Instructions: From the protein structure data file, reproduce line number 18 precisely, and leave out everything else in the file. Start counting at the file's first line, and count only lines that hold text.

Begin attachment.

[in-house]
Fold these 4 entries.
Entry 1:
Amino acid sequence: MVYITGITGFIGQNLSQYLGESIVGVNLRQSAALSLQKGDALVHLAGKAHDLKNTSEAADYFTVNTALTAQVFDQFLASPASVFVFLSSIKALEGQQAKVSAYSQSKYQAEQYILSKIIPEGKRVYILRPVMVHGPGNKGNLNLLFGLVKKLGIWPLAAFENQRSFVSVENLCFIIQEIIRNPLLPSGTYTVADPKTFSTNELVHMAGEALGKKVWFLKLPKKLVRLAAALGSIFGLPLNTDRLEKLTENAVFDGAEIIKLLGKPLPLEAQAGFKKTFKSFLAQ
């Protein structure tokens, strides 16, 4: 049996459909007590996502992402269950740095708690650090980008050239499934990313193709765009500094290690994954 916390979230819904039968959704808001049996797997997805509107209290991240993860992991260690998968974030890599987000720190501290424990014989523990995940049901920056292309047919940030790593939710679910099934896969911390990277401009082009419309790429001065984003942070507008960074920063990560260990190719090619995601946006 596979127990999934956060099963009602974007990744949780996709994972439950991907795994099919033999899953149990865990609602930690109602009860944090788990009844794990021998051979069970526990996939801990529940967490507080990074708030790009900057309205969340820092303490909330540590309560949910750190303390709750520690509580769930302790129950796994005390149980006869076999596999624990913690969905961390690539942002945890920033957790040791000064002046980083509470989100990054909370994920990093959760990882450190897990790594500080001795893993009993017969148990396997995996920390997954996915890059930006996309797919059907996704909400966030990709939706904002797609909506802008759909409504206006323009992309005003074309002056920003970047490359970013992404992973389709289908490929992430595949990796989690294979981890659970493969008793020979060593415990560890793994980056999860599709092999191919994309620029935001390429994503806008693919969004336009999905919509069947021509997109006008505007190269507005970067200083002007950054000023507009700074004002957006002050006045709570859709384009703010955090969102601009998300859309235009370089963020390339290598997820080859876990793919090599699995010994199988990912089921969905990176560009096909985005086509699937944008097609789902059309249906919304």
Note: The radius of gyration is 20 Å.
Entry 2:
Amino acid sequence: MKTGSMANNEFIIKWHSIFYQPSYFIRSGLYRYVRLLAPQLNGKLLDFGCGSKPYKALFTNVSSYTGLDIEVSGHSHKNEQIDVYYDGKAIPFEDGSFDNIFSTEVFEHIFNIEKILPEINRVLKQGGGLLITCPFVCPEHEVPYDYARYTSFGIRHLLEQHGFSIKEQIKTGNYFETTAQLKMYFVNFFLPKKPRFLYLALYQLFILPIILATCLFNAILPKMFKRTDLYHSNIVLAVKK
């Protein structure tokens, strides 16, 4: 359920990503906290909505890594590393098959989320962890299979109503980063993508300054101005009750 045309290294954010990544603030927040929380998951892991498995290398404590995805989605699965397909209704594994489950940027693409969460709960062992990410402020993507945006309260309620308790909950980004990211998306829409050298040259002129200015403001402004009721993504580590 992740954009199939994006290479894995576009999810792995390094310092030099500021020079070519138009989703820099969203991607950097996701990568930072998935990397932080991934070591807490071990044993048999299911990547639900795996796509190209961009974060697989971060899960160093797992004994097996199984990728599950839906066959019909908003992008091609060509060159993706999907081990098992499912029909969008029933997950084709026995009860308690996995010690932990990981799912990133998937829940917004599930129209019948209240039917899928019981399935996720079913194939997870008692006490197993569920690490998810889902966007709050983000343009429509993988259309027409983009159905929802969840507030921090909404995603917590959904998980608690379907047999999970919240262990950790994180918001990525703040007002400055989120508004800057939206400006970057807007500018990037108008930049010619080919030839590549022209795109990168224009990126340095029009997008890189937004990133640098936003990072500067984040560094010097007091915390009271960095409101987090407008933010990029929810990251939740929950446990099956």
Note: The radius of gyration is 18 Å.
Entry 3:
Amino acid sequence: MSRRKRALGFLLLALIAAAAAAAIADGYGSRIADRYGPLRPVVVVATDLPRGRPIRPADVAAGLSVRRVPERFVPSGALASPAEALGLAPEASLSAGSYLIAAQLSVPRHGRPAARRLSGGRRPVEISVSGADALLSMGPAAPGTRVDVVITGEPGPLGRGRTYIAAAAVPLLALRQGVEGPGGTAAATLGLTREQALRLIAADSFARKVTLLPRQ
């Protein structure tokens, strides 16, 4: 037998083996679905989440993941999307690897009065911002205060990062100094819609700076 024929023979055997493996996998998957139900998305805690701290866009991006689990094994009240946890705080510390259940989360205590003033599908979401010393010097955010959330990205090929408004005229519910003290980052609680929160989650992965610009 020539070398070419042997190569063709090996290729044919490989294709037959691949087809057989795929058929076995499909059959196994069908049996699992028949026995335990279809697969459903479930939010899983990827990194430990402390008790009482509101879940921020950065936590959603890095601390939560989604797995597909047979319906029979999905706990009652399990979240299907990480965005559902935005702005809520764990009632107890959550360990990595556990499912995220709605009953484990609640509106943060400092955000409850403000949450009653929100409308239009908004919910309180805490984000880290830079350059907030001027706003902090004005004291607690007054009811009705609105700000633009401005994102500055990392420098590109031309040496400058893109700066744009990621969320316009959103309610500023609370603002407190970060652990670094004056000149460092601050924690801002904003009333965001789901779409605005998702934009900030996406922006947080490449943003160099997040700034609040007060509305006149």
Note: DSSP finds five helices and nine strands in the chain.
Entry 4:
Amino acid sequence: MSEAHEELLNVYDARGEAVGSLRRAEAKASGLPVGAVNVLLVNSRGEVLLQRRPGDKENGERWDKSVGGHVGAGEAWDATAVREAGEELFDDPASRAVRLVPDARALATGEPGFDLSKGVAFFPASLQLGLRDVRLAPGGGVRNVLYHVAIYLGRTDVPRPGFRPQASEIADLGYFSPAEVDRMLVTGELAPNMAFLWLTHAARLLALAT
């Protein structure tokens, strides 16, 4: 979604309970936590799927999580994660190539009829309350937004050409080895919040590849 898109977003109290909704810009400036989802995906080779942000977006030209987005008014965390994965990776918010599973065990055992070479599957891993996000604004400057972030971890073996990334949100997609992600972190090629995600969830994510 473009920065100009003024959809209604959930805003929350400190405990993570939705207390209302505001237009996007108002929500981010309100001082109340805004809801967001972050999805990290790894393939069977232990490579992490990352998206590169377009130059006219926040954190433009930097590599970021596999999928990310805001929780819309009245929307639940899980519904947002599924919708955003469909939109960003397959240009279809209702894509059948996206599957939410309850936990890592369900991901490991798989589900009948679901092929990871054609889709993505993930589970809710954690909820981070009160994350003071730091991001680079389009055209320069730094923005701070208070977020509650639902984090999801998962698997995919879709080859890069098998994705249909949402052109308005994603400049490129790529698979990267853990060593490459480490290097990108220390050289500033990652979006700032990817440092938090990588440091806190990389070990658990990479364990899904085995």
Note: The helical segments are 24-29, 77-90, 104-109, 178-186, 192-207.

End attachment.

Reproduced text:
Note: The helical segments are 24-29, 77-90, 104-109, 178-186, 192-207.